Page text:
FDAH vaccine 23 0/23 6/23 23/23
Control 25 0/25 0/25 14/25
Non-Challenge 7 0/7  0/7  0/7
Control

TABLE 2
Summary of percentages of lung lesion in trial one (over-dose)*
Number of Average percentages
Group pigs of lung lesion P-value
FDAH vaccine 22 15.90% 0.19**
BI vaccine 8 14.60% 0.27***
Control 22 19.60%
Non-Challenge 10    0% 0.88****
Control
*Pigs were challenged with 1.4 × 106 organisms per pig (ISU recommended dose 1.0 × 106 organisms per pig)
**comparison between FDAH vaccine group and control group
***comparison between BI vaccine group and control group
****comparison between BI vaccine group and FDAH vaccine group

TABLE 3
Summary of percentages of lung lesion
in trial two (recommended dose)
Number of Average percentages
Group pigs of lung lesion P-value
FDAH vaccine 23 5.50% 0.031**
Control 25 10.40%
Non-Challenge 7 0.77%
Control
*Pigs were challenged with ISU recommended dose (1.0 × 106 organisms per pig)
**comparison between FDAH vaccine group and control group

EXAMPLE 4 Evaluation of the Long-Term Immunity Induced by a Vaccine Composition of the Invention Against a Virulent Challenge Six Months after a Single-Dose Administration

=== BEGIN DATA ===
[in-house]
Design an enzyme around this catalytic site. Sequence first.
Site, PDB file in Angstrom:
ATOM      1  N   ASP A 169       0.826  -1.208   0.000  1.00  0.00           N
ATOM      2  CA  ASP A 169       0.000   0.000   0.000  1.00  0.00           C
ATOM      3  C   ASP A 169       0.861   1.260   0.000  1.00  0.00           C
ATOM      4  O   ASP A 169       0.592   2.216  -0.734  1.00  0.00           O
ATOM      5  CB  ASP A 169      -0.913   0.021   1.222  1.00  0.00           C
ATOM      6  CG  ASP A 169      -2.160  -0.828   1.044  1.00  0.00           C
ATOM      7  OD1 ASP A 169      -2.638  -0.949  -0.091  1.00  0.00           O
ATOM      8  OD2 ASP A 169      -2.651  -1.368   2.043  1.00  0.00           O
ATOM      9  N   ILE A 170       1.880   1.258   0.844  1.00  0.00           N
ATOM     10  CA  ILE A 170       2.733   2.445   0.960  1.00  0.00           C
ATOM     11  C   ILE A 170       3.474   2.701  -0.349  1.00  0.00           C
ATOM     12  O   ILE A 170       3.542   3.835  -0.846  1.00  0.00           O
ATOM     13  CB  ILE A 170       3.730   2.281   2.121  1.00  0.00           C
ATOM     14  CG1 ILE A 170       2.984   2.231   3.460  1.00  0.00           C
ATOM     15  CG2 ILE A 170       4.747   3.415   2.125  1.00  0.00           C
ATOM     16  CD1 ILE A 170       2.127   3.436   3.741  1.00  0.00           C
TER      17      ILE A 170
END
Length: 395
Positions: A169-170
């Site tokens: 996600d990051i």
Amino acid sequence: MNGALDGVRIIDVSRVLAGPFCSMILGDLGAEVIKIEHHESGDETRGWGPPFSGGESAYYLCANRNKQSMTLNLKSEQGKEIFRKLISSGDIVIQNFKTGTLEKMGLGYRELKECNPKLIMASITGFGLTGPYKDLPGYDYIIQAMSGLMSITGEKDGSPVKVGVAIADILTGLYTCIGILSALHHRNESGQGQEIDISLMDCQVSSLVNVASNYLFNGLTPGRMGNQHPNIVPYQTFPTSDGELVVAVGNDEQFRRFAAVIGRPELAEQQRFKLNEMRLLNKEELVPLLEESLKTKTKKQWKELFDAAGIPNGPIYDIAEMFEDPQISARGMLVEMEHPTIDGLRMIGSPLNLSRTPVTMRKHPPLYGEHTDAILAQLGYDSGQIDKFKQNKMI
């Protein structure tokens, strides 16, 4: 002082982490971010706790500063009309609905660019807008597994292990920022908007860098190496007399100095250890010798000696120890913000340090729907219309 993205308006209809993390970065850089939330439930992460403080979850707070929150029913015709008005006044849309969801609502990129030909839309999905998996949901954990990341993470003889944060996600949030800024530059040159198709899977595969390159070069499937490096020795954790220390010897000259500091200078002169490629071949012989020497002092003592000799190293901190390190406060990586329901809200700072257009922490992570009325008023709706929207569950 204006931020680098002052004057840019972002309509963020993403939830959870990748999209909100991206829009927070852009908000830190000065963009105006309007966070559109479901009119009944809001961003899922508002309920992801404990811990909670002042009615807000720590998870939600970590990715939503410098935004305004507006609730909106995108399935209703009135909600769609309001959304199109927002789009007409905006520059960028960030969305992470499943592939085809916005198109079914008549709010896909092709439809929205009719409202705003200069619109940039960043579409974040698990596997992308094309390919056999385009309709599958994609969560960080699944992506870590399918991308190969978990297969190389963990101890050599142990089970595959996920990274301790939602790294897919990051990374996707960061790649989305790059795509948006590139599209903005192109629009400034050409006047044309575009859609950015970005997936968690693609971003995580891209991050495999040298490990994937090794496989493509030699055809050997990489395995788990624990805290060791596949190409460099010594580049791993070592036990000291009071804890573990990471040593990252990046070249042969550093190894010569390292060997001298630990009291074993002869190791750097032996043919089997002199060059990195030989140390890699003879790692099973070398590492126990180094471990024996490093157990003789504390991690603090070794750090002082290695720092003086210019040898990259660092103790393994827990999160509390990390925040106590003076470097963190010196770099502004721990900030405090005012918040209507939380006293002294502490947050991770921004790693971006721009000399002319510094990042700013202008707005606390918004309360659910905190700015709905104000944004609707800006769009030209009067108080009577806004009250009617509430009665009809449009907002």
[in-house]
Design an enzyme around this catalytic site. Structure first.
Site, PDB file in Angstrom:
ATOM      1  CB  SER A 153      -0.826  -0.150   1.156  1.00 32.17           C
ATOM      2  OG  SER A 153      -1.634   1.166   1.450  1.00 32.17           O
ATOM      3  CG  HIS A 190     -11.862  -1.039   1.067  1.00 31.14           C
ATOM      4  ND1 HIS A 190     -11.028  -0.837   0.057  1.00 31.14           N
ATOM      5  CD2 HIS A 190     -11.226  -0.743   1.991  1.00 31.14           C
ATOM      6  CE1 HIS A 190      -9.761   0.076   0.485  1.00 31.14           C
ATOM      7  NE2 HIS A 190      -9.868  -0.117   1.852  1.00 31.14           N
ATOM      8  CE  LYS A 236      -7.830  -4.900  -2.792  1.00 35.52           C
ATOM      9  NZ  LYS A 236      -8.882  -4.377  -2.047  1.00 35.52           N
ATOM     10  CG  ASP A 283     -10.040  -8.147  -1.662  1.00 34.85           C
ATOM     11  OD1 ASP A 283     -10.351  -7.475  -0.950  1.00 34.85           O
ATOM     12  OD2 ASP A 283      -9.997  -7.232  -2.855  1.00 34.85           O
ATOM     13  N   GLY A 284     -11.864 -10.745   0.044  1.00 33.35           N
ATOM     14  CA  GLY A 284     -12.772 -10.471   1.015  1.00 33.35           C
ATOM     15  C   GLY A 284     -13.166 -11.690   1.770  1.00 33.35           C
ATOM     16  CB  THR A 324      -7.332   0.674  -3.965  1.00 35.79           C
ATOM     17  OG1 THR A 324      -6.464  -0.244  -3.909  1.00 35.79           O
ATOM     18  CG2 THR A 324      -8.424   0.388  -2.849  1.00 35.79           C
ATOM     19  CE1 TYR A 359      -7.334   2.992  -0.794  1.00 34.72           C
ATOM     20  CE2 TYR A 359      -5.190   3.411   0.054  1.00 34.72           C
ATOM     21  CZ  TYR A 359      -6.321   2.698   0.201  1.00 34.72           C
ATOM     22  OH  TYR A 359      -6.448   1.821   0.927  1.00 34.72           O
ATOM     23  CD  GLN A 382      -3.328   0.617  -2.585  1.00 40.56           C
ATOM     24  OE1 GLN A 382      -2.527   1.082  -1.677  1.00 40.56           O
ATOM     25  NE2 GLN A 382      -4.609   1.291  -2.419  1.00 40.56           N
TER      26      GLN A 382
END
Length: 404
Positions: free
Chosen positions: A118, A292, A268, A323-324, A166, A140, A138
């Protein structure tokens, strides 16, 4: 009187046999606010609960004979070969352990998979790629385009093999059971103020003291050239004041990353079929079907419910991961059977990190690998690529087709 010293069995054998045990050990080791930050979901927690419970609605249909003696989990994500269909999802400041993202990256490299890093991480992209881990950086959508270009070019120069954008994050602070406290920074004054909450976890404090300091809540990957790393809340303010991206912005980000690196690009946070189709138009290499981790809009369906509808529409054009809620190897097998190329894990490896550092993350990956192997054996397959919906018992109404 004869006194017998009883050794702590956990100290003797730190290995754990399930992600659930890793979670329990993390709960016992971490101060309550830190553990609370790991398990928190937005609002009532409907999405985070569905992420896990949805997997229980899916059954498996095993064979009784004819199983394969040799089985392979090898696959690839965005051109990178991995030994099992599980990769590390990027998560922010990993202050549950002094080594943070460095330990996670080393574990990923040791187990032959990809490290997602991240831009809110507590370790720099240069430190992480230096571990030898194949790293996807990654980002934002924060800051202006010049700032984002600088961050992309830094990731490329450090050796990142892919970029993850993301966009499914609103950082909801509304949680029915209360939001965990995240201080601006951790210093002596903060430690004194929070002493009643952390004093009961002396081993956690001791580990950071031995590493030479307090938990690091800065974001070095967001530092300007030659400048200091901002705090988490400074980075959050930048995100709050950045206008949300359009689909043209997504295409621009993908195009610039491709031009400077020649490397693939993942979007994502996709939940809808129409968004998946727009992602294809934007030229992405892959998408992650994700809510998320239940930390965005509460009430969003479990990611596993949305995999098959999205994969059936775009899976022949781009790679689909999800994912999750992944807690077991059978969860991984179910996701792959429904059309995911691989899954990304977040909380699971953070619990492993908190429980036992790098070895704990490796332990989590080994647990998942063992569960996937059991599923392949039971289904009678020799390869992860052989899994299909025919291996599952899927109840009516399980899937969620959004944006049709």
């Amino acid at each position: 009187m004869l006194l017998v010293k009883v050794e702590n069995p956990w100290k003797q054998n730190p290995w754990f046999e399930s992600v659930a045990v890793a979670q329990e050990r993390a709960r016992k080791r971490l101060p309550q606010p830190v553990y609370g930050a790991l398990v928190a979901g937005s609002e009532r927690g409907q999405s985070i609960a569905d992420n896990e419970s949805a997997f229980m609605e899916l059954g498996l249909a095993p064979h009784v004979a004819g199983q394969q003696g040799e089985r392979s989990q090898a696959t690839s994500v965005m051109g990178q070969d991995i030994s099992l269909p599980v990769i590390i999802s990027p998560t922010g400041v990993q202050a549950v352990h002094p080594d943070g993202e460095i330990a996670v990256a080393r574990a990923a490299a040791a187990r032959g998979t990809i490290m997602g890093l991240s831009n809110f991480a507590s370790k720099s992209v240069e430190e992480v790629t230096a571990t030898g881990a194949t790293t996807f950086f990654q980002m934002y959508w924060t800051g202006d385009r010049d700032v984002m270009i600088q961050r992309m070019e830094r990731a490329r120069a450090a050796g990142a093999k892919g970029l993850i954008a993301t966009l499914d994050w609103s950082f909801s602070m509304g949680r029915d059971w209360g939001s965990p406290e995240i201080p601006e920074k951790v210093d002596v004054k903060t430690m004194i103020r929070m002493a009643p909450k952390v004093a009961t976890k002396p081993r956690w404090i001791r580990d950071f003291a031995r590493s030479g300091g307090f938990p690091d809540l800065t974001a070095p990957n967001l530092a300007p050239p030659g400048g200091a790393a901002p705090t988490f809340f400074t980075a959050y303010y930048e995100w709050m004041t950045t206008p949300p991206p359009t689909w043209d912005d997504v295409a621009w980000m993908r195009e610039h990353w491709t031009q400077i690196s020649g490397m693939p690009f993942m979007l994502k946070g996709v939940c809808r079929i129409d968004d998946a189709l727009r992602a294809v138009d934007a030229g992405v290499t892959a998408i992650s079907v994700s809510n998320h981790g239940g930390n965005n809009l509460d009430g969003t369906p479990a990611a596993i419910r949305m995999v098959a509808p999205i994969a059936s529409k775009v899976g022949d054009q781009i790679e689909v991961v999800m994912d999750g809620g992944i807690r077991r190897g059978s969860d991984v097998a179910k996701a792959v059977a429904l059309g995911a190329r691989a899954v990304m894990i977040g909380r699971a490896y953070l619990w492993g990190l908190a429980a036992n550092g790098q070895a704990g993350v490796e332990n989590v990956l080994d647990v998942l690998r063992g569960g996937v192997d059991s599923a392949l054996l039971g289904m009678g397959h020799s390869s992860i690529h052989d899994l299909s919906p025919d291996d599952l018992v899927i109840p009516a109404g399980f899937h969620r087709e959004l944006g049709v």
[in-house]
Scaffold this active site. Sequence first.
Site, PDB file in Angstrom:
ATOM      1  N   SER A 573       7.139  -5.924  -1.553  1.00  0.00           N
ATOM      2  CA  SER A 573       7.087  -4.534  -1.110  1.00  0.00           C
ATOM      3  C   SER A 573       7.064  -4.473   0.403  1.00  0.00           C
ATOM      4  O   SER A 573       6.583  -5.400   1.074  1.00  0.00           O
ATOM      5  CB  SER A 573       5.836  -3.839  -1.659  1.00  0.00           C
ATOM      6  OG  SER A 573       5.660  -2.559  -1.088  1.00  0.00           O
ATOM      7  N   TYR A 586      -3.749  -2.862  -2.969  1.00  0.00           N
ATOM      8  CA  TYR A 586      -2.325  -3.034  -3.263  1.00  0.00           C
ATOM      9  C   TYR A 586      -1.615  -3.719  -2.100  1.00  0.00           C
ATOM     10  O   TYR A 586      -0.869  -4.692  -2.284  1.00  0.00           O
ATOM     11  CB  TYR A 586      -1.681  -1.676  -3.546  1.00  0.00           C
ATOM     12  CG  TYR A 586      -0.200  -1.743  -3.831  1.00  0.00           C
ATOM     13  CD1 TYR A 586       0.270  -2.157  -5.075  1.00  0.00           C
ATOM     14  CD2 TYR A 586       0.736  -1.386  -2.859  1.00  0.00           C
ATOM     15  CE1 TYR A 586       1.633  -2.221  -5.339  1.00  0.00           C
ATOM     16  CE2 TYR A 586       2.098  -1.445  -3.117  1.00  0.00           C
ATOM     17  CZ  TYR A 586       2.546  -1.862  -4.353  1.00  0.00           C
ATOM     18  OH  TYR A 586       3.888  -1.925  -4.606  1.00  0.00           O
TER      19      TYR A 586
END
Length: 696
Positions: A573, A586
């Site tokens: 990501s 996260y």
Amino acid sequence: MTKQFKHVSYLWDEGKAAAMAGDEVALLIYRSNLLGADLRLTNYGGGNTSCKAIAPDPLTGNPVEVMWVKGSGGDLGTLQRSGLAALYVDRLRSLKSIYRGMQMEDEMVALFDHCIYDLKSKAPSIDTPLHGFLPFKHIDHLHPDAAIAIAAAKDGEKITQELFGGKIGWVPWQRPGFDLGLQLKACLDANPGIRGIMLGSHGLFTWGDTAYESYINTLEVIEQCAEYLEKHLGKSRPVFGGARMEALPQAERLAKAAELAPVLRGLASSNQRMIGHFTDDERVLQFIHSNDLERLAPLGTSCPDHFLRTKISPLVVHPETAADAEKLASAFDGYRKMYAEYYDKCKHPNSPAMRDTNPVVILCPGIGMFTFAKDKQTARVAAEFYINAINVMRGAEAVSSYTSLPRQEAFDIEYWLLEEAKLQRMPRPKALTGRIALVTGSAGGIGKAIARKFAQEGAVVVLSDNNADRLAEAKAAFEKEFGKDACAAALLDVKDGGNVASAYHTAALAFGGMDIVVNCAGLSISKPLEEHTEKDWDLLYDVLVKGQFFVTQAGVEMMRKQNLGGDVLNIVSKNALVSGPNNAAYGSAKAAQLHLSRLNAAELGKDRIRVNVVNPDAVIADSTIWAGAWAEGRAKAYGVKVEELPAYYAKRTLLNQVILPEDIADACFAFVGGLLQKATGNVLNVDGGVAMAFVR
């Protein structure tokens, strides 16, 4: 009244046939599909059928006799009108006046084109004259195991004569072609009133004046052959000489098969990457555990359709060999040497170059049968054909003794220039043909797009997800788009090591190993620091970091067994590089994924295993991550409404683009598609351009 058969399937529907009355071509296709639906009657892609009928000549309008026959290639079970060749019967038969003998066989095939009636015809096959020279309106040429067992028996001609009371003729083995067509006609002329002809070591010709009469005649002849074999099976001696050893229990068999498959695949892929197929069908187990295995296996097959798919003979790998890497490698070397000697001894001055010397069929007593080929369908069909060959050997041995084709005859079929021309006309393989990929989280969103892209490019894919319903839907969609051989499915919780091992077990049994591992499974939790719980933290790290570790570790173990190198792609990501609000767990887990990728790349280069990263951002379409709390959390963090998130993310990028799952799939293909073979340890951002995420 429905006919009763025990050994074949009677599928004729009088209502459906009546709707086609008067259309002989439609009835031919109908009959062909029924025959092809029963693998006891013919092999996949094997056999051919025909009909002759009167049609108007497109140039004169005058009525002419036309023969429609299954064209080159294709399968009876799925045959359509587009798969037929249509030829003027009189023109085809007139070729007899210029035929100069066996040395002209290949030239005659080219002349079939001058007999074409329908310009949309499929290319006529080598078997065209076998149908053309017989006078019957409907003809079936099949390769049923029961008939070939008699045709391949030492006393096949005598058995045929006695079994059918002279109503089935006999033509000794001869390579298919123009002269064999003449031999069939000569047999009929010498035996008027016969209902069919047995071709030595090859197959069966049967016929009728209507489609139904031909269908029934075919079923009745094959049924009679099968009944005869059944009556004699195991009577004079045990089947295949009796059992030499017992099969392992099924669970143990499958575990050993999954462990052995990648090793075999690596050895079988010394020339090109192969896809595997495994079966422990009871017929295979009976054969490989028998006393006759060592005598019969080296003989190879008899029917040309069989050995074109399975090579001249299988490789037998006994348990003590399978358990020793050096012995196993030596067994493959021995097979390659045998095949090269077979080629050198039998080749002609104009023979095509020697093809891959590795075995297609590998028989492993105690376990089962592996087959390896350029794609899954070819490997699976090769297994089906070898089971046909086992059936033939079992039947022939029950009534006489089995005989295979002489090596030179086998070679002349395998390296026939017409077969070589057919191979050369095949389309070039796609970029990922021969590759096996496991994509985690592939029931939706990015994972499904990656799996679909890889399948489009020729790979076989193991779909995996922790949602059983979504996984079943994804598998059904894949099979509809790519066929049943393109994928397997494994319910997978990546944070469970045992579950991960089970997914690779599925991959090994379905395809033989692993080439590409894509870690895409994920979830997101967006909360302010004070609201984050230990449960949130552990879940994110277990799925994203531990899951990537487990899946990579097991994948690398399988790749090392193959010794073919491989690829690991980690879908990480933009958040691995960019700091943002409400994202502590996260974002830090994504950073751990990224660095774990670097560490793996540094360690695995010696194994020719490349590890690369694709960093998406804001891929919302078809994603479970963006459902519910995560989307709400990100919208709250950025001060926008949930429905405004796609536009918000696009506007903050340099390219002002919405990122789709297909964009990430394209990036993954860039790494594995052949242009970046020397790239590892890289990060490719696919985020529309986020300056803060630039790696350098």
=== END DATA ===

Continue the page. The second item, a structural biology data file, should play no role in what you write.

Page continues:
Using essentially the same procedures described in Examples 1 and 2 and employing the amounts shown below, test vaccine A was prepared.

Test Vaccine A

Amounts for 1,000,000 doses (2 mL each): % vol/vol
Mycoplasma Concentrate (>1.0 × 1010 1200,000 mL  60.0
MHDCE/ml)
Squalane/PLURONIC ® L121 mixture 200,000 mL 10.0
CARBOPOL ® (2% w/v in water) 200,000 mL 10.0
Thimerosal Solution 1% w/v in water and EDTA  18,000 mL 0.9
(tetrasodium salt) 7 w/v %
Sterile Saline 382,000 mL 19.1
The pH of the serial is adjusted to 7.0 ± 0.2.
MHDCE = Mycoplasma hyopneumoniae DNA Cell equivalents

SUMMARY